During back-to-school season, legions of families both in the D.C. area and across the country, flock to stores and malls with shopping lists in hand and stress weighing heavily on their mind as they break the bank to purchase school supplies, clothes and other needed items.
For Ben-James Brown, meeting these obligations at the end of the summer requires some advanced planning and utilization of other resources. Brown, a local father and vice president/regional banking district manager for Wells Fargo, recently divulged some money-saving strategies for families.
At a time when glue, tape, pencils and pens have experienced an uptick in price, Brown encouraged families to tap into community resources, like back-to-school giveaways, and to shop in bulk for back-to-school supplies and clothes.
He also suggested that families take stock of what they already have in their homes.
“When you’re thinking about school supplies, we have a ton of pens, paper and pencils in our arsenal at home in couches and bowls,” Brown said during an August 19 WIN-TV broadcast. “We don’t think about that and buy these things and come back home and notice we have them.”
The National Retail Federation estimated back-to-school spending to reach $37.1 billion this year, compared to $33.9 billion last year. Families of K-12 students can expect to spend nearly $900 on clothes, school supplies and other materials. Inflation has exacerbated this issue, especially for families with precarious employment situations.
In response to the current situation, D.C. Mayor Muriel Bowser (D) and DC Department of Human Services (DHS) Director Laura Zeilinger recently announced a one-time disbursement of $1,000 for 15,000 families enrolled in the Temporary Assistance for Needy Families (TANF) program. The funds, allocated from the federal Pandemic Emergency Assistance Fund, will reach their accounts at the end of August.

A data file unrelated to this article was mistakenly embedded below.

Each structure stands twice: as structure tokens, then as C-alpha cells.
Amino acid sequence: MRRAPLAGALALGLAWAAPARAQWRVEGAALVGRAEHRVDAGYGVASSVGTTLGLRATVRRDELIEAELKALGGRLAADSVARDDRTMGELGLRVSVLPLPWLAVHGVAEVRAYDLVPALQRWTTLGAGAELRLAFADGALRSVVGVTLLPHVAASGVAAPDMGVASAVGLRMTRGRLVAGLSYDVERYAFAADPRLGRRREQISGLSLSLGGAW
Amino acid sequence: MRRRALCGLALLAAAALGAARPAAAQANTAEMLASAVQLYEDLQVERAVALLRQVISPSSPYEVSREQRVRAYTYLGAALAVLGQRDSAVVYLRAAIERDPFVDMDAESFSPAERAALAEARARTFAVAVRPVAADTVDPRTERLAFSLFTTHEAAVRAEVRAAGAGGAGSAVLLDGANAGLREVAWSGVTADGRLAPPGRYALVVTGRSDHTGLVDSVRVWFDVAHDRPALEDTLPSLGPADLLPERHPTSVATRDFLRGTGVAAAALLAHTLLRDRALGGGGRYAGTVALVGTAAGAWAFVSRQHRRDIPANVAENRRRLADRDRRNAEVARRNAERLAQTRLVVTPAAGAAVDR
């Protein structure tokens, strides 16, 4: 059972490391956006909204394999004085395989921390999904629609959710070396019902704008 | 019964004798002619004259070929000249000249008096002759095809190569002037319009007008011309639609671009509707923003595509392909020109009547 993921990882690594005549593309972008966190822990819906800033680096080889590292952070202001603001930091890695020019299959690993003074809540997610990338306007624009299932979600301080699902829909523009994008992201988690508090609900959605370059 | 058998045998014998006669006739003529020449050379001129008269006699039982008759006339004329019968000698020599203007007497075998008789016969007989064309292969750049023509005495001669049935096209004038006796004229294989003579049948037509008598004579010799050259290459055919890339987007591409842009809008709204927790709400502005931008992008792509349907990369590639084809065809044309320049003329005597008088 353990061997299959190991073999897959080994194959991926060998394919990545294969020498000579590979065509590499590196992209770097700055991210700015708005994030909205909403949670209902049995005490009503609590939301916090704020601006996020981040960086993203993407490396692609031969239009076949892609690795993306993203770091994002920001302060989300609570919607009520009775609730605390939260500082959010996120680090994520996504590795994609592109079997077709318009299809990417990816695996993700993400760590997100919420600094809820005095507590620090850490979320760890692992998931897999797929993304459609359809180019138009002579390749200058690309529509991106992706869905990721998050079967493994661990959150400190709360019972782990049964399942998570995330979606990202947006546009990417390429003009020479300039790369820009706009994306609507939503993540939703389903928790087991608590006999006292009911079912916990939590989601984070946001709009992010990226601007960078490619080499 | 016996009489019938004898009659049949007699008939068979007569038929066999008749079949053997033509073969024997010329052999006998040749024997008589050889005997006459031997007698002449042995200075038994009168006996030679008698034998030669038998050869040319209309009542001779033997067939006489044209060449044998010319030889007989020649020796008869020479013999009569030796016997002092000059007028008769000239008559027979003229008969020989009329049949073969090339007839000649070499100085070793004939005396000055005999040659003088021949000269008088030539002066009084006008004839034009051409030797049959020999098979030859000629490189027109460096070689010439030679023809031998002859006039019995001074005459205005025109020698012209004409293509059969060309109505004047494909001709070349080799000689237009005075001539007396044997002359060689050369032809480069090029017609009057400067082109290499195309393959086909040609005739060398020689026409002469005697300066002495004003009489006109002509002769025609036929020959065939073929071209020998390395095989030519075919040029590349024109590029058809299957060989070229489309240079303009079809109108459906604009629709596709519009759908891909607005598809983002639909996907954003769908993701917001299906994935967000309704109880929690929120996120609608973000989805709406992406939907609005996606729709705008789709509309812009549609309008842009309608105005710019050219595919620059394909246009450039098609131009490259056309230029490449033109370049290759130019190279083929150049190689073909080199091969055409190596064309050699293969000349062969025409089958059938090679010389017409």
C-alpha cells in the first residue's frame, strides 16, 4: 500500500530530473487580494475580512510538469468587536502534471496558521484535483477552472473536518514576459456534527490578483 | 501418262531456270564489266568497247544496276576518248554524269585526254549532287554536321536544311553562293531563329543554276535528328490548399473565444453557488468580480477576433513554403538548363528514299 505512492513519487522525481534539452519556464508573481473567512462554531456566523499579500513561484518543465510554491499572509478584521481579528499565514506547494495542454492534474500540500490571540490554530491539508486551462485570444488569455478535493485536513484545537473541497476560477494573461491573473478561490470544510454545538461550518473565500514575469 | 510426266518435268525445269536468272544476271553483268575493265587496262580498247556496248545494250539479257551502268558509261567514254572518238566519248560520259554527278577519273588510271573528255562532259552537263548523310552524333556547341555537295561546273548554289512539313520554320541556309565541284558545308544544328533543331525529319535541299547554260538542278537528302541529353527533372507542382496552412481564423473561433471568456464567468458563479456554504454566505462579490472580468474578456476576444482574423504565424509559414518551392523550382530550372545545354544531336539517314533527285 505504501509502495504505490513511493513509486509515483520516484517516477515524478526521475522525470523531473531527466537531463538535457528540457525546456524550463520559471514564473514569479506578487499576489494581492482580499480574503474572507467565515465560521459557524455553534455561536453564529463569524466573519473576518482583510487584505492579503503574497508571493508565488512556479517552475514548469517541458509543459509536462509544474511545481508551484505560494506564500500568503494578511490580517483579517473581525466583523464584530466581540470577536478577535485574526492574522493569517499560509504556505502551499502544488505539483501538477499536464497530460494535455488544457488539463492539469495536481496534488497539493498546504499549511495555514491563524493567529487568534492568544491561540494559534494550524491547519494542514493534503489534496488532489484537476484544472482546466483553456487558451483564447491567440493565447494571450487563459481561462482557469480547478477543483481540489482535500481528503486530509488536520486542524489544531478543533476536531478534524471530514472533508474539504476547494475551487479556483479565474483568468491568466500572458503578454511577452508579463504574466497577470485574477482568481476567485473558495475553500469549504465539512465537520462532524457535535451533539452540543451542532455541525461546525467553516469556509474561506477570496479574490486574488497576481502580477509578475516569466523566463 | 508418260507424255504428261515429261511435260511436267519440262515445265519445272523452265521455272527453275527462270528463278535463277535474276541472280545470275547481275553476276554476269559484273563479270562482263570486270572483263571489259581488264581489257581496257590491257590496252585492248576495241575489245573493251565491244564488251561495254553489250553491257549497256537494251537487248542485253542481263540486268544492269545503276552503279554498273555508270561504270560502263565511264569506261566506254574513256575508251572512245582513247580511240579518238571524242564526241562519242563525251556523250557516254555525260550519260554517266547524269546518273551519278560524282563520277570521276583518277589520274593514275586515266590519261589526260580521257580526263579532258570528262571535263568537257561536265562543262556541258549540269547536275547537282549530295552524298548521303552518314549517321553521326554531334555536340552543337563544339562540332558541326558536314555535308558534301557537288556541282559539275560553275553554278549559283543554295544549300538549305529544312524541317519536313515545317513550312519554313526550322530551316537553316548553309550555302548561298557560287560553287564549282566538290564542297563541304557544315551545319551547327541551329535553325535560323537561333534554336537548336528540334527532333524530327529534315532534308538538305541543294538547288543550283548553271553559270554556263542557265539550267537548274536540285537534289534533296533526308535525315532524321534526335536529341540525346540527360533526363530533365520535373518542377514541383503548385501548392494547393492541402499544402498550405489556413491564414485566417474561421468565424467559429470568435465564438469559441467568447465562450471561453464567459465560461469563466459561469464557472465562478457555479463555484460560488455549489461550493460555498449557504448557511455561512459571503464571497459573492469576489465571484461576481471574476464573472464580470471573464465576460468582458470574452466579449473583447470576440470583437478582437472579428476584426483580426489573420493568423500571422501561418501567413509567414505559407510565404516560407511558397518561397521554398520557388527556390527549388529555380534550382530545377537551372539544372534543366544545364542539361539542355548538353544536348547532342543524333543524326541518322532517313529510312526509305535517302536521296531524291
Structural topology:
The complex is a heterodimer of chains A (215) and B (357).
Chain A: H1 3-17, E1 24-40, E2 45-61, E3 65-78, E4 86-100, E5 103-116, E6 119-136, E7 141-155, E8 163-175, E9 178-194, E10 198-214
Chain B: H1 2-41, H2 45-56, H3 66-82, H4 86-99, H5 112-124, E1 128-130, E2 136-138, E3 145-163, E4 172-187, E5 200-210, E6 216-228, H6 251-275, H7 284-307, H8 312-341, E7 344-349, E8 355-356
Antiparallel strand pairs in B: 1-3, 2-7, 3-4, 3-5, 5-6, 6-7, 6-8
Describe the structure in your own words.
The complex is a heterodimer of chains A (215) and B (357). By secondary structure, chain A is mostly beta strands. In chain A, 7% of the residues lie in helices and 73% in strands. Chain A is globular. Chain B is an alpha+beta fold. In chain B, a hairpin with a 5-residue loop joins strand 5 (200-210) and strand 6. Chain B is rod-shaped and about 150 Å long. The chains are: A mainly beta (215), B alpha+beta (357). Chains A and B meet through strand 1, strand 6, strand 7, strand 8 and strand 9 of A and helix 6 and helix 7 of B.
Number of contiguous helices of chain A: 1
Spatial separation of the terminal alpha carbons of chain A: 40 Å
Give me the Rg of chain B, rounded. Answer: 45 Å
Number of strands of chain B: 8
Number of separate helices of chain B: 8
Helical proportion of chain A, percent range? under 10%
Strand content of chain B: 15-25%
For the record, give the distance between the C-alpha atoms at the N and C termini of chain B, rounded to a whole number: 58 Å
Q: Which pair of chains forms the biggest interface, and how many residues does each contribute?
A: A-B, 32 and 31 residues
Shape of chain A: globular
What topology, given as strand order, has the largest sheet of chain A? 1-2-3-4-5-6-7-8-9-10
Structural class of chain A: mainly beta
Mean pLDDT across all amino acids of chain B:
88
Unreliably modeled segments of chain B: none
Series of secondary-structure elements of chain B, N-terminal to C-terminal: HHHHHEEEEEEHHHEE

During an employment and resource fair at the Frederick Douglass Community Center on Alabama Avenue in Southeast, Natasha George, a Ward 8 resident who lost her job during the pandemic, reflected on the help she received through a program facilitated by DHS and Grant Services, a workforce placement program.
Zeilinger, who explored the science of economic stress and academic performance, highlighted other services provided by the D.C. government, including $41 million in food assistance for children and teenagers.
“The mayor has continued to support our mission to make sure families have what they need [and] about 15,000 households receiving TANF will receive just that,” Zeilinger said. “These parents are experts in what they need for their children. “
Though news of the grant elicited much applause, some residents, particularly those with multiple children, expressed their qualms about housing affordability. One man, who engaged Bowser during a question-and-answer session, lamented not being able to access housing programs and help the mothers of his children.
Bowser later implored housing insecure families to seek help from in-school specialists who can connect them with wraparound services.
Ward 8 parent Beatrice Stevenson has four children attending elementary and middle schools this fall. She said the $1,000 grant might not be as helpful to households with several children. She also pointed out that the school year starts before the funds are scheduled to be deposited into her account.
Even so, she had in mind where the money would go.
“I’m mainly [buying] uniforms, shoes and school supplies,” Stevenson said. “I do a lot by myself and get by with less than $900 a month. Benefits should be more. There could be more opportunities for single mothers and fathers.”
Morgan Wingate, a mother of four, echoed those sentiments. She said she’s currently searching for a part-time job that will allow her to take her children to and from school.
“It’s hard for everyone regardless of [the amount of] children they have and assistance,” said Wingate, a Northwest resident. “The money would be a big help but a bigger help to someone with a smaller family.”